Whether strip mining or in situ processing is used in the exploitation, however, using tar sands as a source of oil is an unquestioned environmental disaster. And the oil majors have a very poor environmental track record in almost every area of the world in which they operate. Oil derived from tar sands causes greenhouse gas emissions (because of the high energy use, particularly natural gas cooking of the bitumen) 3-4 times higher than conventional liquid crude extraction. But sixty-five percent of the world's oil, it is estimated, is contained in tar sands, not as liquid crude. If governments continue to see oil as critical to their national interests and a key underpinning of their national economy and the global economy, they may still choose to continue to try to keep the wheels on the runaway train by exploiting the widespread tar sands deposits of various descriptions and quality wherever they can be found. Over seventy countries contain tar sands deposits including the U.S.A., Venezuela, Russia, Cuba, Indonesia, Brazil, Trinidad and Tobago, Jordan, Madagascar, Colombia, Albania, Romania, Spain, Portugal, Nigeria and Argentina. Within the United States, oil sand deposits occur mainly in Utah, Alaska, Alabama, S.W. Texas, California, Kentucky, Oklahoma, and Missouri with scattered deposits in other states. None of these other areas equals Canada's tar sands for volume or quality however.

The Canadian region defined as "the Athabaska tar sands" covers an area over 140,000km2 of once virgin boreal forest, a larger area than the state of Florida. It is estimated to hold an equivalent 1.7 trillion barrels of oil or more. But of that only 150-200 billion barrels (about 10 percent) may be recoverable "with today's technology and under current and anticipated economic conditions". But with "the cost of adding a new b/d of synthetic crude production capacity in the oil sands now rang[ing] between $80,000 and $100,000", as per the National Energy Board, that could require additional capital investment of $300-500 billion (currently about $100 billion of further investment has been scheduled or committed) to ramp up to the "desired" production levels of 3-4 million b/d, let alone the optimistic and probably unachievable 6 million b/d suggested as possible by the NEB. As capital costs keep rising exponentially, even that cost of $100,000 per b/d is likely on the low side for future projects, particularly if they are in situ operations or are operations in the peripheral, bitumen-poor areas of the reserves.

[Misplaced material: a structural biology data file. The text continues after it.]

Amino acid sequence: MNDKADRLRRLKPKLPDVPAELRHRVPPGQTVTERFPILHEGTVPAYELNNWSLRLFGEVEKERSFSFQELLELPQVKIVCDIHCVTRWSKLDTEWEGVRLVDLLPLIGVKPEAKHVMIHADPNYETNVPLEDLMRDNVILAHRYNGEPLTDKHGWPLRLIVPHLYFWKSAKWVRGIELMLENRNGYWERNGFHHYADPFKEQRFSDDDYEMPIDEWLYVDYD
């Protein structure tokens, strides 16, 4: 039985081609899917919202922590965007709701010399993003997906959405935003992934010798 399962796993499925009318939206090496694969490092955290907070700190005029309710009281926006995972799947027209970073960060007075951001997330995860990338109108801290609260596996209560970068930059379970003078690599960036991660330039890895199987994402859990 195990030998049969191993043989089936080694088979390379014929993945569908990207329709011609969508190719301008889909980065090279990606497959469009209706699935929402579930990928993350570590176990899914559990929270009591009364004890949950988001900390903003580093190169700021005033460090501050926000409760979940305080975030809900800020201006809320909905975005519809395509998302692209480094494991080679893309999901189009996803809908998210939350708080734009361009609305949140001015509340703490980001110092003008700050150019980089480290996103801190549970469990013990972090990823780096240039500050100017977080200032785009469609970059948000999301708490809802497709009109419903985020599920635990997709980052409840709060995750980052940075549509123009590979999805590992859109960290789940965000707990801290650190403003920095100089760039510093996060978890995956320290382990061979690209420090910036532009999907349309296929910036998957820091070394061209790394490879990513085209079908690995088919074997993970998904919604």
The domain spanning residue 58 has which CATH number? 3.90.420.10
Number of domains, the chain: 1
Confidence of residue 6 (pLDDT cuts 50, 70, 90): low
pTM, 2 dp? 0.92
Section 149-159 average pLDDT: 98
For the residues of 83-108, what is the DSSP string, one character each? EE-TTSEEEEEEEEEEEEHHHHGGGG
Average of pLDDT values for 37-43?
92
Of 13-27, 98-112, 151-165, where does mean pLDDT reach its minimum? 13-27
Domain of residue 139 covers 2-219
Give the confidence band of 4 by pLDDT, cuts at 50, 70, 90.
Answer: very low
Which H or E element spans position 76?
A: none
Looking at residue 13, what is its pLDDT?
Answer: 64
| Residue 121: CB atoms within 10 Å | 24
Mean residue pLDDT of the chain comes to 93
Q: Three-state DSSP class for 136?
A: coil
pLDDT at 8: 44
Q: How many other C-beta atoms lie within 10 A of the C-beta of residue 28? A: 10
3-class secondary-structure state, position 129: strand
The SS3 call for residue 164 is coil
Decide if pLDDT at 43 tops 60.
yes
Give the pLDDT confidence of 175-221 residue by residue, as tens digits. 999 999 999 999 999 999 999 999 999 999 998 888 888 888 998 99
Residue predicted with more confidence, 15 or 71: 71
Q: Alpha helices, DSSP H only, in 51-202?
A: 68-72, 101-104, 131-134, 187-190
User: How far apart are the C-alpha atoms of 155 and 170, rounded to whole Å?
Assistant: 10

On top of escalating capital costs the tar sands industry is also running into severe unanticipated operating costs due to shortages of manpower and equipment, high infrastructure and equipment maintenance costs due to the climatic extremes under which they operate, increased royalty demands from the Alberta provincial government and a host of other costs. With the experiences in Canada's tar sands as a model, the most advanced and successful tar sands exploitation to date in the world, it is reasonable to wonder to what extent governments and energy corporations will be willing to gamble the huge sums needed to undertake similar developments in other areas of the world.

The NEB continues to stick with the belief that the market price of oil will drive tar sands production, seemingly ignoring the EROEI return issue. In their view, "If oil prices – now nudging $100 (U.S.) a barrel – remain high, Canada's crude output could rise to almost six million b/d by 2030, of which five million b/d would come from the oil sands," the NEB report, entitled Canada's Energy Future, states. "Conversely, if oil prices fall to around $35 a barrel, Canada would only produce about three million b/d of crude by 2030, and only 2.7 million b/d of that would be from the oil sands."

Tar sands are not an environmental problem, however, just because of the high greenhouse gas emissions. As the article America's Claim on Our Tar Sands puts it, "The magnitude of the environmental risks and liabilities arising from Canada's tar sands rush is unprecedented in the history of North American energy production. Growing awareness about the global warming and environmental consequences of relying upon growth in tar sands production throws into sharp relief the perils of our addiction to oil in the 21st century."